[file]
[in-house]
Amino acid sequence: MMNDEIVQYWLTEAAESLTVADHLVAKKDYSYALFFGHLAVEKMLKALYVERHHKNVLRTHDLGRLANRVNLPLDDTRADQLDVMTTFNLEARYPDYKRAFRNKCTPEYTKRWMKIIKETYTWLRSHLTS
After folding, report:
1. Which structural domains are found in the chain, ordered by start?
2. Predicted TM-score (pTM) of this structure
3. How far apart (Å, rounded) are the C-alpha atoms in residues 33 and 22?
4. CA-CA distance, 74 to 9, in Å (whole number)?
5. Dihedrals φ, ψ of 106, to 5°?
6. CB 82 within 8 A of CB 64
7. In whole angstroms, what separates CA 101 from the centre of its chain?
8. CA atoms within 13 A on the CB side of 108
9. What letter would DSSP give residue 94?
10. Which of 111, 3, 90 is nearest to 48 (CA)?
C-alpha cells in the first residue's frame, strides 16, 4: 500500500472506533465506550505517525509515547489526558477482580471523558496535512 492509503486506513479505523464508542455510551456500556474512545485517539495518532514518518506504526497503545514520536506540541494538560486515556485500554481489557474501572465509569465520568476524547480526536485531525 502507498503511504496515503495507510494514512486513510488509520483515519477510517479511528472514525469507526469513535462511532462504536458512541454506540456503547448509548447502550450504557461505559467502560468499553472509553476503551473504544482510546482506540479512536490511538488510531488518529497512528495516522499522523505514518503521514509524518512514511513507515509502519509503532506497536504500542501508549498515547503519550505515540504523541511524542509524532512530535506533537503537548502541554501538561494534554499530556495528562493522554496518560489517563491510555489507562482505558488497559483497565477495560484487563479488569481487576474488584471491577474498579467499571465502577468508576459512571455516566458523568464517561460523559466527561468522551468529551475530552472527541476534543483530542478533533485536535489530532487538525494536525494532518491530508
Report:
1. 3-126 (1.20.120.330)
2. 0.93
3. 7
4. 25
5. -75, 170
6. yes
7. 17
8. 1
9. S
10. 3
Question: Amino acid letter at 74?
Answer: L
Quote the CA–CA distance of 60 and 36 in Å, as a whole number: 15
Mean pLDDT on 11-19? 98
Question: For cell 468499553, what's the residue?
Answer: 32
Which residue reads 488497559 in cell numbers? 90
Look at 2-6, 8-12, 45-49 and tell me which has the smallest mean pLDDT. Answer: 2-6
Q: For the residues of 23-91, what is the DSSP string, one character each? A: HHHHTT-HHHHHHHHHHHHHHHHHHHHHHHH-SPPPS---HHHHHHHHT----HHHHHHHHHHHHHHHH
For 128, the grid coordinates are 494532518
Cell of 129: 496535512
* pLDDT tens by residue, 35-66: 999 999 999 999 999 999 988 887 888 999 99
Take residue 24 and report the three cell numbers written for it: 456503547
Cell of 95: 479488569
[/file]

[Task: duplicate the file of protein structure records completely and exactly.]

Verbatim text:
[in-house]
Amino acid sequence: MMNDEIVQYWLTEAAESLTVADHLVAKKDYSYALFFGHLAVEKMLKALYVERHHKNVLRTHDLGRLANRVNLPLDDTRADQLDVMTTFNLEARYPDYKRAFRNKCTPEYTKRWMKIIKETYTWLRSHLTS
After folding, report:
1. Which structural domains are found in the chain, ordered by start?
2. Predicted TM-score (pTM) of this structure
3. How far apart (Å, rounded) are the C-alpha atoms in residues 33 and 22?
4. CA-CA distance, 74 to 9, in Å (whole number)?
5. Dihedrals φ, ψ of 106, to 5°?
6. CB 82 within 8 A of CB 64
7. In whole angstroms, what separates CA 101 from the centre of its chain?
8. CA atoms within 13 A on the CB side of 108
9. What letter would DSSP give residue 94?
10. Which of 111, 3, 90 is nearest to 48 (CA)?
C-alpha cells in the first residue's frame, strides 16, 4: 500500500472506533465506550505517525509515547489526558477482580471523558496535512 492509503486506513479505523464508542455510551456500556474512545485517539495518532514518518506504526497503545514520536506540541494538560486515556485500554481489557474501572465509569465520568476524547480526536485531525 502507498503511504496515503495507510494514512486513510488509520483515519477510517479511528472514525469507526469513535462511532462504536458512541454506540456503547448509548447502550450504557461505559467502560468499553472509553476503551473504544482510546482506540479512536490511538488510531488518529497512528495516522499522523505514518503521514509524518512514511513507515509502519509503532506497536504500542501508549498515547503519550505515540504523541511524542509524532512530535506533537503537548502541554501538561494534554499530556495528562493522554496518560489517563491510555489507562482505558488497559483497565477495560484487563479488569481487576474488584471491577474498579467499571465502577468508576459512571455516566458523568464517561460523559466527561468522551468529551475530552472527541476534543483530542478533533485536535489530532487538525494536525494532518491530508
Report:
1. 3-126 (1.20.120.330)
2. 0.93
3. 7
4. 25
5. -75, 170
6. yes
7. 17
8. 1
9. S
10. 3
Question: Amino acid letter at 74?
Answer: L
Quote the CA–CA distance of 60 and 36 in Å, as a whole number: 15
Mean pLDDT on 11-19? 98
Question: For cell 468499553, what's the residue?
Answer: 32
Which residue reads 488497559 in cell numbers? 90
Look at 2-6, 8-12, 45-49 and tell me which has the smallest mean pLDDT. Answer: 2-6
Q: For the residues of 23-91, what is the DSSP string, one character each? A: HHHHTT-HHHHHHHHHHHHHHHHHHHHHHHH-SPPPS---HHHHHHHHT----HHHHHHHHHHHHHHHH
For 128, the grid coordinates are 494532518
Cell of 129: 496535512
* pLDDT tens by residue, 35-66: 999 999 999 999 999 999 988 887 888 999 99
Take residue 24 and report the three cell numbers written for it: 456503547
Cell of 95: 479488569